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Santorum Parades in Puerto Rico Amid Questions on English, Statehood

T.J. Kirkpatrick/Getty Images(SAN JUAN, Puerto Rico) -- With a jazz bland blaring island music and a narrator touting Rick Santorum’s conservative credentials in Spanish, the Santorum family led a pop-up parade in their honor down a main thoroughfare in Old San Juan, Puerto Rico, Thursday afternoon.

While Santorum, his wife Karen and five of their seven children made their way down the cobblestone streets, supporters chanted, ”Rick Santorum, Rick Santorum!”

The family stopped to take photos and sign autographs both for those who can vote for him in the Republican primary in Puerto Rico on Sunday, and for Americans who seemed surprised when they ran into a presidential candidate while vacationing.

Carlos Rodriguez, Santorum’s deputy state director, was the designated narrator, and as the family made their way down the winding streets of Old San Juan, he told the crowd, “Vote for Rick Santorum.”

“Puerto Rico, the first Republican candidate is here today,” he said.  “San Juan, vote for Rick Santorum, he’s the conservative candidate.”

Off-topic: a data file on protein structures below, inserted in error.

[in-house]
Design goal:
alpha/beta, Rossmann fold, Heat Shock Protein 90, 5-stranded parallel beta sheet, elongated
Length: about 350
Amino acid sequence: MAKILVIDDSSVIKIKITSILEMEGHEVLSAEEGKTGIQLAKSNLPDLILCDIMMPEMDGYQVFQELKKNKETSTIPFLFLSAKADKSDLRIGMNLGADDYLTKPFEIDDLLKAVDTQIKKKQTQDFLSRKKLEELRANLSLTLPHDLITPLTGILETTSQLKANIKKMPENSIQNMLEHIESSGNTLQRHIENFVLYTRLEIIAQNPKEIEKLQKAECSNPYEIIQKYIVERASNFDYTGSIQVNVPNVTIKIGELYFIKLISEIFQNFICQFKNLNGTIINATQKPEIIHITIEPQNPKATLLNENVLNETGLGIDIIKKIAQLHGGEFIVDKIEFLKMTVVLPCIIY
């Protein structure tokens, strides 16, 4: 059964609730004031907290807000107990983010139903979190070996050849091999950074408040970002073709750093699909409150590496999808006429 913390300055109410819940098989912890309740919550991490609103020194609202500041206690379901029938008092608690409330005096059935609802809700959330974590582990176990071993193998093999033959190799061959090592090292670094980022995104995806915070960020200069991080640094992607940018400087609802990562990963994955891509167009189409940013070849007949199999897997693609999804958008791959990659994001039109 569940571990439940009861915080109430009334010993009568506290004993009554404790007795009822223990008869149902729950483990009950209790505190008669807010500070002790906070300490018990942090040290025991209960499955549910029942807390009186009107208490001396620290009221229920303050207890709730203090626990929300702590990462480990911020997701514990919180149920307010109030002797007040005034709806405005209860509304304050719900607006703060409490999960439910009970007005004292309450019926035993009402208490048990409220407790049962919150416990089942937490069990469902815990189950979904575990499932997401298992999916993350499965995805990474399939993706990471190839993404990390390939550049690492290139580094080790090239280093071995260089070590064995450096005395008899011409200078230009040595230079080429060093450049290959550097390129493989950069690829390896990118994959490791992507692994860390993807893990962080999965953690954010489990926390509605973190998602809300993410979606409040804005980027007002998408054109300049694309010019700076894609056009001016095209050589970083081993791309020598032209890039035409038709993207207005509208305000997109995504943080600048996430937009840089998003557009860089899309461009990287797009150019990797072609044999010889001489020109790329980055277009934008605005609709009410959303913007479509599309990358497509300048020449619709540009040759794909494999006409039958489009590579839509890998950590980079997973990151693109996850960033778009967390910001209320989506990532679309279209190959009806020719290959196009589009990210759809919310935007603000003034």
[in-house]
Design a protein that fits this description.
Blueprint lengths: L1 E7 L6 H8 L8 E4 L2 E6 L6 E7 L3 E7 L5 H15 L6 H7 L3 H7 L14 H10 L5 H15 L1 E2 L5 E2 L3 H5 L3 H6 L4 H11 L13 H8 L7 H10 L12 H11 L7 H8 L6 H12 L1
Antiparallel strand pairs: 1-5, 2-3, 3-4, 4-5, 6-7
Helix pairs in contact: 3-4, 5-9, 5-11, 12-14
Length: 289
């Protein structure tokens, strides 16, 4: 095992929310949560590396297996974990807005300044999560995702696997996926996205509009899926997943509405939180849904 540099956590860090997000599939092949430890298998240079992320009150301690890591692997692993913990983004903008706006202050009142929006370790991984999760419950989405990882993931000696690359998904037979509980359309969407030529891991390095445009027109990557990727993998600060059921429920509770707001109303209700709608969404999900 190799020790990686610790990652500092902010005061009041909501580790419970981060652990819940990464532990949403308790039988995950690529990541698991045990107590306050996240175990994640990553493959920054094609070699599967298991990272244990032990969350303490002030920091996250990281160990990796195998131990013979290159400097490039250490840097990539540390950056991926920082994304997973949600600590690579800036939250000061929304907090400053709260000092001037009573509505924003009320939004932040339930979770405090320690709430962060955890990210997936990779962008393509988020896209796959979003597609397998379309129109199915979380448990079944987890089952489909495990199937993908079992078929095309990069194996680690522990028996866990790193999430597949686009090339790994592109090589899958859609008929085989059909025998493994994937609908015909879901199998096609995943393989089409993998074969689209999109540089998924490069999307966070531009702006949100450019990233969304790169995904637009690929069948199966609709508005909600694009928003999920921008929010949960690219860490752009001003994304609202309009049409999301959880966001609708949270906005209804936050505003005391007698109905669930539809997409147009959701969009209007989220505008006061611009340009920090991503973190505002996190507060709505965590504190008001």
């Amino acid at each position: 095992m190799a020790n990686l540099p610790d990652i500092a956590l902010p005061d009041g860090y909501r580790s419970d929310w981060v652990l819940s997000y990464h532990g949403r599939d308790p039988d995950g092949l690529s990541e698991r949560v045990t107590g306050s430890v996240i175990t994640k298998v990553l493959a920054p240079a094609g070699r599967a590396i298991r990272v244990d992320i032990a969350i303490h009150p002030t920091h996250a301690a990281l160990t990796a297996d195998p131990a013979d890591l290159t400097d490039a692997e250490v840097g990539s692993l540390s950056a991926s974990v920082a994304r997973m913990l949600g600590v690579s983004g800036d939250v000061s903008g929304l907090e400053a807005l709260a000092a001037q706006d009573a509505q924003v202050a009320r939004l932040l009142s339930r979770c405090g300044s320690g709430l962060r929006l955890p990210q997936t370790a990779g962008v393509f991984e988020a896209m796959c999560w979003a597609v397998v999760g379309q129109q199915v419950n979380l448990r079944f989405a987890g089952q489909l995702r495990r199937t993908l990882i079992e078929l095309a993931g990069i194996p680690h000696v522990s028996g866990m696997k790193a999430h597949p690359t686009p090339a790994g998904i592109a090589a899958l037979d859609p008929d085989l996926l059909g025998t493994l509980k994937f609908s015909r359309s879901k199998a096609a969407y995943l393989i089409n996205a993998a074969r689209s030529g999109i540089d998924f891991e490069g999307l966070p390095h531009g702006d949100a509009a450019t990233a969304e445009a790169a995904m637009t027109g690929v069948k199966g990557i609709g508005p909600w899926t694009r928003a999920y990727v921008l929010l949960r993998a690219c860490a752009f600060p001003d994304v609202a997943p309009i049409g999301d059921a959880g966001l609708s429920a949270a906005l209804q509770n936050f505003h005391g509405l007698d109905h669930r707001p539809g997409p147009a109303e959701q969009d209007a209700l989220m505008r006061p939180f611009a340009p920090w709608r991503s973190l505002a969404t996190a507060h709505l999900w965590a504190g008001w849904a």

When the family reached the ocean side, Santorum was asked again about some controversial comments he made while campaigning in the island earlier this week.

English, he told a local newspaper on Wednesday, should become the “principal language” of the territory if Puerto Rico wants to be the nation’s 51st state.

On Thursday, he told reporters, “English should be taught here and everyone should speak English here.”

“It’s something that I think is essential to be an American period,” Santorum said.  ”Whether you’re going to be a state or not, people should speak English.  And English should be a common language among all Americans.  Period.  And the idea that somehow or another it should be the only language -- it’s not the only language in California, it’s not the only language in Arizona, it’s not the only language in New Orleans -- we understand that people of different cultures speak different languages, but we have a common language, and that’s what I was saying yesterday.  To suggest that maliciously, I would add, (that) someone would maliciously write that I said that, was really unfortunate.”

He told reporters before leaving the island that the original story was “crap.”

Statehood is a crucial issue on the island -- one that has divided the people there -- and during the two days Santorum spent campaigning for the territory’s 23 delegates, he was frequently asked about the issue.

Puerto Rico became a U.S. territory in 1898 and most Republicans on the island are supportive of statehood.

Copyright 2012 ABC News Radio

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